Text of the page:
A memo to all two-bit punk bands who rely on siphoned gas, beer-money gigs, and a network of floors to crash on while touring: make sure that you don’t accept a last-minute gig at a racist skinhead clubhouse no matter how desperate you are. There’s a chance that you may accidentally witness a murder, and then your night will really go off the rails. There are, of course, many other takeaways from Jeremy Saulnier’s near-perfect nugget of a siege thriller, especially if you’re a filmmaker who traffics in such gnarly pleasures: be sure you have a group of relentless psychopaths on hand. Add plenty of shotguns, machetes, box cutters, and killer dogs into the mix. And once you’ve tightened the screws on your audience, be sure to twist them a few more times for maximum nerve-shredding.
Having gone from DIY horrormeister and micro-budget Jack-of-all-trades to Cannes-premiering director, Saulnier understands how to do more with less and transform genre exercises into cinematic food for thought. Not for nothing did his breakthrough film Blue Ruin (13) turn a revenge thriller into something violent enough for the Fantastic Fest crowd yet critical enough of its bloodlust to attract Directors’ Fortnight attention. There’s no such distancing duality in his follow-up, however. This grungy story of punks versus skins bypasses any sense of commentary on ’80s exploitation staples and simply sets up shop in the grindhouse’s last theater on the left. It would feel like a step backward for most artists who’d distinguished themselves from the usual schlock-and-awe pack, except that Saulnier’s skill set has sharpened exponentially. He’s not out to deconstruct the B-movie, but to build a leaner, meaner, better one.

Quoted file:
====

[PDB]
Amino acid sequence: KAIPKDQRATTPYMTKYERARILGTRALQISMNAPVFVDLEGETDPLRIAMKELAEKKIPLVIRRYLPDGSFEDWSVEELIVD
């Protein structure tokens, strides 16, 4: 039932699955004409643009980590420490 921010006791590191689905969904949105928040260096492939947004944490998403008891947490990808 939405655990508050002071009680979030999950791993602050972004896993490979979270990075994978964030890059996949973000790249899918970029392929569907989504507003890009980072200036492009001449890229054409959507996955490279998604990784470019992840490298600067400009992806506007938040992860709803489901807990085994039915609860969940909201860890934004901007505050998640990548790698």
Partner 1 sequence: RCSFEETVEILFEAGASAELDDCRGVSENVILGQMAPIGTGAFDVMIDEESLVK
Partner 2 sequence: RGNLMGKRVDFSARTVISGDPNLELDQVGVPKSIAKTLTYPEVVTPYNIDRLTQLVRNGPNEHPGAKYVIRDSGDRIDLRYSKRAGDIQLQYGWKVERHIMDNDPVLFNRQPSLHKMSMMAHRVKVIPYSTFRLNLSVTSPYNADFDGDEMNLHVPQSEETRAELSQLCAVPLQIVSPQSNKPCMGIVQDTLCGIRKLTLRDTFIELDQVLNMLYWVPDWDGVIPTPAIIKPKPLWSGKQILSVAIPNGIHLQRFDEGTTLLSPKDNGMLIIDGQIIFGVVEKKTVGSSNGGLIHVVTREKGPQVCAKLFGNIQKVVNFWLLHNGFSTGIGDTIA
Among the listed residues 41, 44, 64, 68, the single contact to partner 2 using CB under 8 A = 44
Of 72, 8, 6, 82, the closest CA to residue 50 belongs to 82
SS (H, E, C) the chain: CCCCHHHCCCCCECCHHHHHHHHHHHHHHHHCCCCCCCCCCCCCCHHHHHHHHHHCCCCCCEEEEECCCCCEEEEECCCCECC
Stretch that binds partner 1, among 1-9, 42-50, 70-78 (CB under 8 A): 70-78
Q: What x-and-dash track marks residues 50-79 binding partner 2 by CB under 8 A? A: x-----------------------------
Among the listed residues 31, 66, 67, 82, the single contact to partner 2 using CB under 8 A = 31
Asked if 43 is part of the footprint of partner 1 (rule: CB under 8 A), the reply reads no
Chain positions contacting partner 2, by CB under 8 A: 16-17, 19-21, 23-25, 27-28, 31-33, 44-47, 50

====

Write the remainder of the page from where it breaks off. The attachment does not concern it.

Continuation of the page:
From the moment our heroes, a hardcore punk band called The Ain’t Rights, pass the gate into the Portland, Oregon, compound that’s strictly “boots and braces,” Green Room lets you know that these kids are way out of their depth and that the audience is in very good hands. Everyone in the band—Pat (Anton Yelchin), Sam (Arrested Development’s Alia Shawkat), Tiger (Callum Turner), and Reece (Joe Cole), a drummer who just happens to have a black belt in jujitsu—picks up on the aggro vibe from the get-go. After the gig, Pat’s the unlucky soul who stumbles upon a woman with a screwdriver sticking out of her head. The rest of The Ain’t Rights and the victim’s friend, a sprite with a Chelsea haircut and dead eyes (Imogen Poots), are quickly herded back into the titular small space and told to wait for the cops. Instead, a white supremacist godhead named Darcy, played by Patrick Stewart in malevolent villain mode, arrives with a permanent clean-up plan. One broken arm, one box-cutter disembowelment, and one makeshift barricade later, a good old-fashioned standoff is underway.
This is the point where Saulnier proves himself to be a master of controlled chaos, knowing when to show restraint, when to drop in moments of humor (Darcy reminds the concert crowd that “the racial advocacy workshop is on Wednesday, unless you hear otherwise”), and when to cry havoc and let loose the dogs of war—literally, in the case of the movie’s throat-chomping pit bulls. Graphic scenes of carnage are doled out sparingly but unflinchingly, while cinematographer Sean Porter gives each high-stakes encounter in the club’s dark hallways and blood-slicked floors a palpable sense of vintage nastiness. Yet the brutality here doesn’t feel like a retro-hip pose. There are no tongues in cheeks, unless you count the one you see when a character takes a face-cleaving blow. Like those close-shaven soldiers trying to flush out interlopers, Green Room is a movie that means business. And like the kids fighting for their survival, it’s not afraid to get genuinely down and dirty in order to get the job done.
David Fearis a contributor to FILM COMMENT and Rolling Stone.